Tales from the Shadowhunter Academy – Cassandra Clare, Sarah Rees Brennan, Maureen Johnson and Robin Wasserman
Walker Books Ltd., 2016
Simon Lewis is a hero. Or so he has been informed. He can’t actually remember his heroics thanks to an encounter with a demon and a sacrifice that saved the lives of friends who are now strangers to him. But Simon has a way to get it all back. In the wake of a devastating war, the Nephilim are recruiting ordinary people to join their ranks, who will be trained at the newly re-opened Shadowhunter Academy and – should they prove worthy – will drink from the Mortal Cup to take on the strength of the Angel’s warriors. Simon wants to be a hero again. More than that, he wants to work out who he really is. He hopes that his time at the Academy will give him a chance at both those things, and maybe even understand what the hell the blazing, famous Isabelle Lightwood ever saw in him. All he has to do is survive training with a group of ferociously competitive would-be demon-killers…and then there’s the demons themselves.
This is a book for established fans of Cassandra Clare’s Shadowhunter series only. It is a collection of short stories centred around Simon Lewis, a character from the Mortal Instruments series, though other characters from the Shadowhunter books do show up. The short stories were originally published as standalone e-books, in the same style as The Bane Chronicles, which means there’s a bit of repetition when you’re reading them all together. I wasn’t always very interested in the Academy plots but most of the stories had other layers to them, weaving in parts of Shadowhunter history, and having read all the previous books, I was delighted to see backstories filled in and favourite characters return. The story I enjoyed most was ‘Born to Endless Night’ just for the Lightwood family shenanigans, but there’s a lot to love here for Shadowhunter fans.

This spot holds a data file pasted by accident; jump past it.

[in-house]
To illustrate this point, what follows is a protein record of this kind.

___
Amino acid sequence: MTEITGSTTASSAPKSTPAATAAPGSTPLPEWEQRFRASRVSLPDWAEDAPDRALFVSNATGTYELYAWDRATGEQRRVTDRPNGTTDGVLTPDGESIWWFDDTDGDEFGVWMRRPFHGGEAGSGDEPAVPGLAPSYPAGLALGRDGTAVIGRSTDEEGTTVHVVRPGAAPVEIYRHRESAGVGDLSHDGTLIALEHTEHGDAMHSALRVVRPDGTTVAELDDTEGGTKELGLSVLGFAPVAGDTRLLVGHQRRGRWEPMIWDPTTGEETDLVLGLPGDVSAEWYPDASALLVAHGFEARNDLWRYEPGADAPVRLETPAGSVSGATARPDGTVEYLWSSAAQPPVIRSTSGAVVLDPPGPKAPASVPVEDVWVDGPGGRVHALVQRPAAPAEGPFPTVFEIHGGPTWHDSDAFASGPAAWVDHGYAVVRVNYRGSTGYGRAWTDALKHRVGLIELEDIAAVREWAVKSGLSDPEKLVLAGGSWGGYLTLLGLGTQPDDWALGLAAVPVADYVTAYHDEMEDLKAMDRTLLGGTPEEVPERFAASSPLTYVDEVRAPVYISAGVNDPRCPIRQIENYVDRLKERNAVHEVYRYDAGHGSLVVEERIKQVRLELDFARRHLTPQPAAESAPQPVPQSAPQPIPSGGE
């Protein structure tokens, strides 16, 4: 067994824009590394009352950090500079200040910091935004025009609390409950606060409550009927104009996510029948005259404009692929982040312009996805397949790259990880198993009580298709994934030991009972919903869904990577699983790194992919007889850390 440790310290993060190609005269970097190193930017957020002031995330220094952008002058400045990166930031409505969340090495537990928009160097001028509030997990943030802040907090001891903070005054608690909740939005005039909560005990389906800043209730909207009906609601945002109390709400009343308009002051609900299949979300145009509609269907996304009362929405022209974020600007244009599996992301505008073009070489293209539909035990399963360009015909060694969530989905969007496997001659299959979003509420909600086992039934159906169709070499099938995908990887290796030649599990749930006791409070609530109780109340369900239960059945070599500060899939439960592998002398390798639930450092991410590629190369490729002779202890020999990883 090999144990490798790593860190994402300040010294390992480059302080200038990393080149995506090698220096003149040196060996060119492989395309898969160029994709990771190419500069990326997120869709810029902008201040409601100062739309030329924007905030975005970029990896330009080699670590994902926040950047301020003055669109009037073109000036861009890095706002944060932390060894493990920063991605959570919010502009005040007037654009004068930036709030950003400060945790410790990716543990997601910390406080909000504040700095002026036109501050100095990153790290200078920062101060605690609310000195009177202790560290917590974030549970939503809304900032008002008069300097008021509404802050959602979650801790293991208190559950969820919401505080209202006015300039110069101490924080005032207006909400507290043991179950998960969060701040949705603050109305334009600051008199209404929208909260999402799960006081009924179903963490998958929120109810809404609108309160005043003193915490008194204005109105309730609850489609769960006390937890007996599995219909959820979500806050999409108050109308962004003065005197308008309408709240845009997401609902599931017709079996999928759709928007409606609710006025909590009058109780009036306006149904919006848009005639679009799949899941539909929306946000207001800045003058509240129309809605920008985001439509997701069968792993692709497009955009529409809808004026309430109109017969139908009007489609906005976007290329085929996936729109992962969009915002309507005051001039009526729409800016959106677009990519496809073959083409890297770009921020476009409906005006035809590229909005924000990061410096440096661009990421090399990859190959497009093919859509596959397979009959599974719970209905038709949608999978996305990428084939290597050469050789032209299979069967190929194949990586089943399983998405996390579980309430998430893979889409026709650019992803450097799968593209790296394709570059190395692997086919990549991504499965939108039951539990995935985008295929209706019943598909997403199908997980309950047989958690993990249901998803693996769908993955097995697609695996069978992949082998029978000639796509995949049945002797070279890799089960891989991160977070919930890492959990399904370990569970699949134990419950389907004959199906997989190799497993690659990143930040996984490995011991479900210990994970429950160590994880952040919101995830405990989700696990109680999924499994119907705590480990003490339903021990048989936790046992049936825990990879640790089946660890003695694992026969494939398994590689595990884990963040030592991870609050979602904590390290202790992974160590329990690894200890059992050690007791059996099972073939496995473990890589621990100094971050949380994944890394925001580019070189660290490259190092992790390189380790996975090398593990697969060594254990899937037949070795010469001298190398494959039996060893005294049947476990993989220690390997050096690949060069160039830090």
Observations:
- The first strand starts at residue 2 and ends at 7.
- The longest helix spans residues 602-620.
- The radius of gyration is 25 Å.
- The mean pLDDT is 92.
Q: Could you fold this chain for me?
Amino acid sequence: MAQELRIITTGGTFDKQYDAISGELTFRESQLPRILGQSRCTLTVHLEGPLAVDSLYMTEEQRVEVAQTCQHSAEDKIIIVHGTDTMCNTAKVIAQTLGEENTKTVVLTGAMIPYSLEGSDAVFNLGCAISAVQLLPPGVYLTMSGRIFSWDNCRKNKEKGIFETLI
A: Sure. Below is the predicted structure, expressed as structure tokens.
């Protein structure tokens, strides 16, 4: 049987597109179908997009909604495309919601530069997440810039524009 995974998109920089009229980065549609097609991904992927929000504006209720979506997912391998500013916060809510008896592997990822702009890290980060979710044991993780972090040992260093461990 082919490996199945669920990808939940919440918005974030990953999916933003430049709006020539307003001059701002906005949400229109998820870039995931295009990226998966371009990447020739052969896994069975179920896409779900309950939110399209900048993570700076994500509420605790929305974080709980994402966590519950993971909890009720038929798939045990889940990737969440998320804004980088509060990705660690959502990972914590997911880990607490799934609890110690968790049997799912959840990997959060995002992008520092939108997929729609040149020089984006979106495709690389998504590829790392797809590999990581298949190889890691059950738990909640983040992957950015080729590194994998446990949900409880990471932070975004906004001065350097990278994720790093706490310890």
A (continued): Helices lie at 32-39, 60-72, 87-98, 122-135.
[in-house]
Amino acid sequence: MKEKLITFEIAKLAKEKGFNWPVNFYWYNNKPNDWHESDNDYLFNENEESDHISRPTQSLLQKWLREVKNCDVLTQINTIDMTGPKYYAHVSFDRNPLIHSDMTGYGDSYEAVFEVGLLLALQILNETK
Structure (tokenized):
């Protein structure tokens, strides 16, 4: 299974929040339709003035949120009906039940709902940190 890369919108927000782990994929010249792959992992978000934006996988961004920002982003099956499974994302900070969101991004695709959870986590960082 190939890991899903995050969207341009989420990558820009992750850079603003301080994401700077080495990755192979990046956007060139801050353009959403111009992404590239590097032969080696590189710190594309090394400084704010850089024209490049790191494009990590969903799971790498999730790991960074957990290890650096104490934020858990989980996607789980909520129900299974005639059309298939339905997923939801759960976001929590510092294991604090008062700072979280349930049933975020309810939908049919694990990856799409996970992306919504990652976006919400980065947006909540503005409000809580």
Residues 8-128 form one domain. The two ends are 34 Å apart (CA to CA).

Lady Midnight (The Dark Artifices No.1) – Cassandra Clare
Simon & Schuster, 2016
Emma Carstairs was born into a world of monsters, and she has spent most of her life killing them. As a Shadowhunter, it is her duty to protect mundane society from demons, rogue vampires and werewolves, the malice of Faerie and every other danger that the rest of humanity doesn’t believe exists. It is not an easy life. Her parents were both murdered five years ago and Emma is willing to move heaven and earth to find who – or what – was responsible. When an opportunity comes her way not only to get answers, but also to help protect her best friend Julian’s family, Emma leaps at it. There is something ugly hidden at the heart of Los Angeles. And Emma is not the only one looking for revenge.
This is not so much the beginning of a series as a good jumping on point for anyone interested in Cassandra Clare’s Shadowhunter books. She introduced her world in City of Bones, the first book in the Mortal Instruments sextet, and fleshed it out further in the prequel trilogy The Infernal Devices (opening with Clockwork Angel). There are spoilers for both previous sets of books in Lady Midnight and it will mean more if you’re familiar with the older characters – having read all the previous books, it was particularly interesting for me to see the effects of choices made in the last one – but The Dark Artifices has a fresh cast in a new location.
Emma is a dynamic protagonist and the domestic realities of her day-to-day life with the Blackthorns added welcome depth. I am a sucker for stories about sprawling families and ones that focus on the relationships between siblings, so I particularly liked that aspect Lady Midnight. The support cast contains characters who are LGBT, POC and neurodiverse, and there are several gender tropes that get firmly flipped. I am not a huge fan of ‘forbidden love’ romances, so I didn’t enjoy that part of the plot as much, but I do like all the characters involved in Lady Midnight’s romantic tangles. The Dark Artifices continues with Lord of Shadows, slated for release in April 2017.